Sunday, November 14, 2010

Week TechVideo, 2010 #45 - Applying the Geneva mechanism

Some days ago Thiago Bouzan wrote me about his improvements on a Geneva mechanism design, presented here at TBs long ago.

However, what I found most genius in his model, was not the Geneva mechanism implementation itself, but the application he found to command a functions switch box sequentially, with such indexing mechanism.
Who says it can command a switch box, may also say a sequential gearbox for a car transmission.

Here the Geneva mechanism is used to switch among functions the easy way, using a secondary selection motor. Ideal for remote operation of any 4-stage switch box or gearbox.
The mechanism allows for a larger 'window' to tune the secondary motor, as by conception it locks always in one of four positions.
Now it would be great if someone would manage to build a 6 or 8-station Geneva mechanism, out of LEGO parts, to command 5+R and 7+R car sequential gearboxes...
Probably an alternative way to build a remote controlled sequential like gearbox. A bit like doing the same as the one at Sheepo's Buggati Veyron.



Still regarding the Geneva mechanism, Thiago explains:

In this mechanism we have a driving wheel and a driven wheel (or star wheel). This document explains that in order to work properly, a Geneva mechanism should fulfill three conditions:
  1. r is the distance between the center of the driving wheel to the center of its outer pin.
  2. The center distance of the two wheels should be the square root of 2 times r.
  3. r should also be the distance of  the outer radius of the star wheel.
Consider the space between the centers of the holes in a Technic beam as a unit of measurement. In my design I have r equal to 4 in both wheels and a distance between then of 6.

This fulfill conditions 1) and 3). Condition 2) could be match with r = 5 and distance between the wheels = 7., because 7 is a good approximation to square root 2 times 5. It looks like that the example from the original post meet these criteria.
The reason why I didn't choose this particular combination was to make full use of two (32249) 'Red Technic Beam Quarter Circle' and achieve a more compact size. But I intend to make a new model that will meet all these conditions.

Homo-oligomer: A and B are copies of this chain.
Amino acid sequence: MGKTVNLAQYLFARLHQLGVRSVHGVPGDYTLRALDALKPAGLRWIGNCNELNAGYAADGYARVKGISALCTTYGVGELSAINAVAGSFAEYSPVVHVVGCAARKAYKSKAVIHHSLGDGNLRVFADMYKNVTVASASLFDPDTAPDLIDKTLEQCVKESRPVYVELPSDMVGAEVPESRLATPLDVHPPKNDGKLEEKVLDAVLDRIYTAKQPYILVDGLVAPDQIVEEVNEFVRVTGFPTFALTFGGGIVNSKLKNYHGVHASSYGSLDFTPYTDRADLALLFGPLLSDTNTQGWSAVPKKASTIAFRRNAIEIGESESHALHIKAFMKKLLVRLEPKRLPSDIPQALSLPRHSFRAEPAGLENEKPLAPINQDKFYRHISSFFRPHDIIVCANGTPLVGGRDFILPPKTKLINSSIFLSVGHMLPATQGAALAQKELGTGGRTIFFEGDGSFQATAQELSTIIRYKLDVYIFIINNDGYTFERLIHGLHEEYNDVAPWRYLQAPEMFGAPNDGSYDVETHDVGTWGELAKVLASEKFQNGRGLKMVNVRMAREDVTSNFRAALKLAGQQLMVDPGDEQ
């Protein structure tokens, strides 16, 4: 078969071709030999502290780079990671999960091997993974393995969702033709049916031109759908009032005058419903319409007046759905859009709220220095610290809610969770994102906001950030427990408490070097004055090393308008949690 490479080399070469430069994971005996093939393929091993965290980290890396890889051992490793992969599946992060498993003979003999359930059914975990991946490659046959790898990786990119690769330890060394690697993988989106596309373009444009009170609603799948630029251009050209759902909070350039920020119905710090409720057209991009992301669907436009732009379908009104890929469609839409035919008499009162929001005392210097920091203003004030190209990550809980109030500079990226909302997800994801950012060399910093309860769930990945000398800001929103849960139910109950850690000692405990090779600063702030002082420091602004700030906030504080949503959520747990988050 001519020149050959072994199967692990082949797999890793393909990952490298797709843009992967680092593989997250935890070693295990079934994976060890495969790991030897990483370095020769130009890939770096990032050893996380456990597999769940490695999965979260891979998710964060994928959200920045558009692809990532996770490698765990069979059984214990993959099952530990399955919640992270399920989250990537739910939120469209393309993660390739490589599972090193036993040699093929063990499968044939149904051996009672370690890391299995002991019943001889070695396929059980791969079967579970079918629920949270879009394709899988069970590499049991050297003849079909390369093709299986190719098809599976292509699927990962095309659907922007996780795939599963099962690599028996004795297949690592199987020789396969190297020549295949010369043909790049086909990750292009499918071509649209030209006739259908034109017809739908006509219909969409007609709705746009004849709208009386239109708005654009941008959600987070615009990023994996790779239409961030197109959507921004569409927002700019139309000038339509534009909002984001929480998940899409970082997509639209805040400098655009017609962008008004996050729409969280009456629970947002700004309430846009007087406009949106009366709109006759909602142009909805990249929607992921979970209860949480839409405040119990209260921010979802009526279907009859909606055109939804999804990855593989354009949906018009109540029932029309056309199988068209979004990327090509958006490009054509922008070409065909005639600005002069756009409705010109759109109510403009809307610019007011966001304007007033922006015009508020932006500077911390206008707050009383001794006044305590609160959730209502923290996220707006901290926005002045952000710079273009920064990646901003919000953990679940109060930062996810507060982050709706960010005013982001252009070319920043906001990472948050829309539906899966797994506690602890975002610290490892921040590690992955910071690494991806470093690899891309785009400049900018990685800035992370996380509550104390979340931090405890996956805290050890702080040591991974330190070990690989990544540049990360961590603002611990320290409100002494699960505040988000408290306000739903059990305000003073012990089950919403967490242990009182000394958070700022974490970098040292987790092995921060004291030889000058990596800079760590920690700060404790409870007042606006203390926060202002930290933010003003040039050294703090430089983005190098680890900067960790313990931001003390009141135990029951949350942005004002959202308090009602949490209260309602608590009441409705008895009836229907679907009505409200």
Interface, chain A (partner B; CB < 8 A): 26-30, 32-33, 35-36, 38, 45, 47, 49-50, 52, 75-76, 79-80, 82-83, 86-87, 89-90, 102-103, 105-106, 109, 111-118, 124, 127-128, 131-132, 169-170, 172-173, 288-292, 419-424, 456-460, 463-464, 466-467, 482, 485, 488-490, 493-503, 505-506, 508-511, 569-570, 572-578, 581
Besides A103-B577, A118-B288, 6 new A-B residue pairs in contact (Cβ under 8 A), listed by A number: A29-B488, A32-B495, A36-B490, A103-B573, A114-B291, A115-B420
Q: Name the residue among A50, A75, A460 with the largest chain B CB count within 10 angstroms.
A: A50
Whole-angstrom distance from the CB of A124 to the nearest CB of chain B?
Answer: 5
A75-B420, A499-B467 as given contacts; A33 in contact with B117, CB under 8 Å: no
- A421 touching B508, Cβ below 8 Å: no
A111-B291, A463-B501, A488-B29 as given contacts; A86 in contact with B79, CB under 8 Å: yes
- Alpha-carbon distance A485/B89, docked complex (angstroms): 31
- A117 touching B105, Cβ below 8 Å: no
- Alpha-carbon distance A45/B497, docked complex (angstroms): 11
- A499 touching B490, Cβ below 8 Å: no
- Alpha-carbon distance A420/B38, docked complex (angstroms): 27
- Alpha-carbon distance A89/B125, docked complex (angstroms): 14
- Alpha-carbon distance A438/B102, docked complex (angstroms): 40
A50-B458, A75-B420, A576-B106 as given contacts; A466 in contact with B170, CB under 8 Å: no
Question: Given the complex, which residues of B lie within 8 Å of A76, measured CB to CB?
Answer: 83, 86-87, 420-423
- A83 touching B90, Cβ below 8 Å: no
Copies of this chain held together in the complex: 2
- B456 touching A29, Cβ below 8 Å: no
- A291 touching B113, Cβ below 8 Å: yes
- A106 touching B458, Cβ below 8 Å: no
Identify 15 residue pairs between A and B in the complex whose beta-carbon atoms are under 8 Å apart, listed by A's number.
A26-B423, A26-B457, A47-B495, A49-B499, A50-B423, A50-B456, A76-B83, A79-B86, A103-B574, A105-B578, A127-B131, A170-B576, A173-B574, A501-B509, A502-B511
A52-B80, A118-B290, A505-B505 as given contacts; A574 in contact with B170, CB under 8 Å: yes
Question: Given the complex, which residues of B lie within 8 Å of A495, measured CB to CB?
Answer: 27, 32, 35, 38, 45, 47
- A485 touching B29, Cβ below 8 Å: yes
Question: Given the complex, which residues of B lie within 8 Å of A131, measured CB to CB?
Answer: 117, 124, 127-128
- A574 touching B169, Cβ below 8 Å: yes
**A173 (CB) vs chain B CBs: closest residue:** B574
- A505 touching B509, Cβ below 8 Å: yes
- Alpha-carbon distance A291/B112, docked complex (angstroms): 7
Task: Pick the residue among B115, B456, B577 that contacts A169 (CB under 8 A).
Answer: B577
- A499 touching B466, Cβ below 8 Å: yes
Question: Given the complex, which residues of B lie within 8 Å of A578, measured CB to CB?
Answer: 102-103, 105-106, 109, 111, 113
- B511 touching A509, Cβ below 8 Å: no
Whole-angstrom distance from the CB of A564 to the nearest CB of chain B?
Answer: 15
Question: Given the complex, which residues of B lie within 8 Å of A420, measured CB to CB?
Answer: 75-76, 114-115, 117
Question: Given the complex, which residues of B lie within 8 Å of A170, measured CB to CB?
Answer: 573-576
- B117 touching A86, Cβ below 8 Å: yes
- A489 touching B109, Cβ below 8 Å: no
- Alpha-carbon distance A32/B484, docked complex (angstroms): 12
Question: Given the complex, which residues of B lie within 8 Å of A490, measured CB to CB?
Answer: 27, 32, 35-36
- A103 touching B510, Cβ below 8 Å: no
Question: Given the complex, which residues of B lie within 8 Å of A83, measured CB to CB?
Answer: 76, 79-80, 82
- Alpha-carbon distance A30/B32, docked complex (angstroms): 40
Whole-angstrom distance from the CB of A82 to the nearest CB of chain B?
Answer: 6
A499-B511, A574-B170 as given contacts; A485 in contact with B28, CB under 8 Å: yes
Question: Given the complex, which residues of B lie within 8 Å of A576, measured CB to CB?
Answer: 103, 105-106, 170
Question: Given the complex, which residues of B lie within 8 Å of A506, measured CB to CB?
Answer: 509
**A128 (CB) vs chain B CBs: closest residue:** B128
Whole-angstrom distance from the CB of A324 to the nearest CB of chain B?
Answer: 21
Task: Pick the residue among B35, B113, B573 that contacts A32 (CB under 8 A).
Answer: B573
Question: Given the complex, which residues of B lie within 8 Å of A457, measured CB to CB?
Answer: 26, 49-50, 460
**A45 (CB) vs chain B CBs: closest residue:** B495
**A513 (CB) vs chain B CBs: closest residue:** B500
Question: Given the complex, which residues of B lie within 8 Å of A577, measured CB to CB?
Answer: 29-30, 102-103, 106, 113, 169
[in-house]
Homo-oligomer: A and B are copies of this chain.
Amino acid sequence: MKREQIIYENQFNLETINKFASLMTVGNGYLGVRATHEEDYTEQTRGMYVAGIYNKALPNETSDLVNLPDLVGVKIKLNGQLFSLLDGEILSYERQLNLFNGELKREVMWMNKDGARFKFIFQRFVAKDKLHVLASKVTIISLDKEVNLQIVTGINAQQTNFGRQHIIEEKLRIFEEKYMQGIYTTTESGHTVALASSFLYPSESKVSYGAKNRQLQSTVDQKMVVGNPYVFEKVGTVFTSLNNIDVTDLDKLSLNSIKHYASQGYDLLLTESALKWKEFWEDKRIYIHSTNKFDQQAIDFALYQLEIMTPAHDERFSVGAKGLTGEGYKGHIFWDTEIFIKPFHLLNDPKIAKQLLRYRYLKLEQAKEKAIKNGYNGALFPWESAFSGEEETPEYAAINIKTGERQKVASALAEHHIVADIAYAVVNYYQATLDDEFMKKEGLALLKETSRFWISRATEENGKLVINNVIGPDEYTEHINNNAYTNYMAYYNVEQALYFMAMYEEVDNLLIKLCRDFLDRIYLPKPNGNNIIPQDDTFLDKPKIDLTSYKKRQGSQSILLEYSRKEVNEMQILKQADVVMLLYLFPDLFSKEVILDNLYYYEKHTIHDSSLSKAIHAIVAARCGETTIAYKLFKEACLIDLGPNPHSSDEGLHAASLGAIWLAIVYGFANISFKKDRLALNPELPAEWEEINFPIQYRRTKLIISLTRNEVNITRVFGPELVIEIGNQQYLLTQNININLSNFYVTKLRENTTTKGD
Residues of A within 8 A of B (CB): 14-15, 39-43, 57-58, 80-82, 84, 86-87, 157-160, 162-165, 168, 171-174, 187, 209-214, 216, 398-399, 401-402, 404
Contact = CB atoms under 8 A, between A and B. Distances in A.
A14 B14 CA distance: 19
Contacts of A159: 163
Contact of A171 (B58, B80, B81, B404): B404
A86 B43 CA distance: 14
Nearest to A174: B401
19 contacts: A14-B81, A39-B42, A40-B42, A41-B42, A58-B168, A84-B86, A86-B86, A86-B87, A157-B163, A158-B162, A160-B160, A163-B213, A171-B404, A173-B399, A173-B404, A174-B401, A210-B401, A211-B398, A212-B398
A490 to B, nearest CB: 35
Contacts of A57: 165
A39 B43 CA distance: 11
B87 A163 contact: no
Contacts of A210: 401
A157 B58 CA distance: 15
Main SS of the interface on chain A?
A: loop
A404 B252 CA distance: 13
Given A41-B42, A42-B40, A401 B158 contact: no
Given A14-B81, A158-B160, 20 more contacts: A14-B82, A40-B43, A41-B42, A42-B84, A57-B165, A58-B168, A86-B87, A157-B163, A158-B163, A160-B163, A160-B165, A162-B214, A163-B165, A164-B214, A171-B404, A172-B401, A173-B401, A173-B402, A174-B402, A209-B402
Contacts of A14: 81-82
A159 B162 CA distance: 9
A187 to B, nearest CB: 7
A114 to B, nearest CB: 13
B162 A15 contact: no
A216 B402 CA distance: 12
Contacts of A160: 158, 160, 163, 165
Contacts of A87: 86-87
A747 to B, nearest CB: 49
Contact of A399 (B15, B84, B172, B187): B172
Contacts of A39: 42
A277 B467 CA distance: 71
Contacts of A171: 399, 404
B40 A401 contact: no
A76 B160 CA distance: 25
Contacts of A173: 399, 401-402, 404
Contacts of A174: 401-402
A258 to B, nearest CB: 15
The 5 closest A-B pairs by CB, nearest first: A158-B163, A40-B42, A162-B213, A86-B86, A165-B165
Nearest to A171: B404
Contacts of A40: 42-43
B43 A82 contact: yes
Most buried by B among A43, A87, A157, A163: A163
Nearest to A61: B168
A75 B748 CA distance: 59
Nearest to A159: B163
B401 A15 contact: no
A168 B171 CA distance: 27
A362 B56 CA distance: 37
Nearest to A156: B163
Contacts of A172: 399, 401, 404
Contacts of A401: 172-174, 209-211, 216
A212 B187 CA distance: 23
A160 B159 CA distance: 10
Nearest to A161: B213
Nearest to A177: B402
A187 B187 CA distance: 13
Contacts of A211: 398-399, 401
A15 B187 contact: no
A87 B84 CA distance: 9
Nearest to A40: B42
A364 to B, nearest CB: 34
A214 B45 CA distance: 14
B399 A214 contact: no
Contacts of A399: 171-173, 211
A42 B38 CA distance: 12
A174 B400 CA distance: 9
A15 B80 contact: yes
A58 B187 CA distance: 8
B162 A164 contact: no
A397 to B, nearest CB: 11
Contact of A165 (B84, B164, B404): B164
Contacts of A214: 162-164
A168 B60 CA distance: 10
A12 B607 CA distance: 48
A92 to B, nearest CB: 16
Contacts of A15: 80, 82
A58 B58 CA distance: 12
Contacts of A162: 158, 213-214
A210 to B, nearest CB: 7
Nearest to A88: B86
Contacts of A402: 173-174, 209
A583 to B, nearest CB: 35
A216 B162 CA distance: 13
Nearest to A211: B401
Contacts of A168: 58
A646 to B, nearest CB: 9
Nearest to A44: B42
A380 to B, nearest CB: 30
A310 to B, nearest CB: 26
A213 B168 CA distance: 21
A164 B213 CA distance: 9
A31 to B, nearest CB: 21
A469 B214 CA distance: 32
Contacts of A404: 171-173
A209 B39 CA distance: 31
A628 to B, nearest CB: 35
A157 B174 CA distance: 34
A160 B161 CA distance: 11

Simply a brilliant idea on how to apply the Geneva mechanism into a LEGO model.

5 comments:

ChinShanky said...

Looks like someone else thought of using those quarter circle parts as well. This is my iteration of the Geneva mechanism. Note that the arm by itself doesn't rotate the mechanism a full quarter revolution, but it is aided by the quarter circle triangles I mentioned earlier. It doesn't work as well as I'd like, but it works.

http://www.brickshelf.com/cgi-bin/gallery.cgi?f=414651

Conchas said...

Not so easy to understand without a video, but good to know there are some always working trying to find different solutions. :)

It looks it works only one way.
Don't know however, how it behaves the Thiago implementation in what regards this point.

Torsten Mumme said...

I found this solution last year.

Thiago T5 said...

Wow, this previous solution with two 'star wheels' is great!

Erwin said...

Just take a look at page 145 of the Tora no Maki ...

Related Posts Plugin for WordPress, Blogger...



© 2007-2014 TechnicBRICKs
TechnicBRICKs contents may be sporadically updated, if the authors finds further relevant info about a certain post, or content/spell mistakes. Hence please don't be surprised if you find few changes at later visits, relative to a previous read.

TechnicBRICKs often shows other peoples' creations and/or images. We always try to credit the author(s) and link to their main publishing website, and if possible with their name in real life.
Since this is not always possible, we request that if you find something here that is yours or from someone you know, you leave a comment on the respective post and claim the authorship.

TechnicBRICKs is optimized for Firefox 16.0 and 1600x1200 resolution displays or wider.

LEGO® is a trademark of The LEGO Group of companies which does not sponsor, authorize or endorse this blog.
LEGO, the LEGO logo, the Brick and Knob configurations, the Minifigure and MINDSTORMS, are registered trademarks of The LEGO Group.
Original LEGO images are copyrighted by The LEGO Group and are used here in accordance with their fair play policy.
You can visit the official LEGO® website at www.LEGO.com.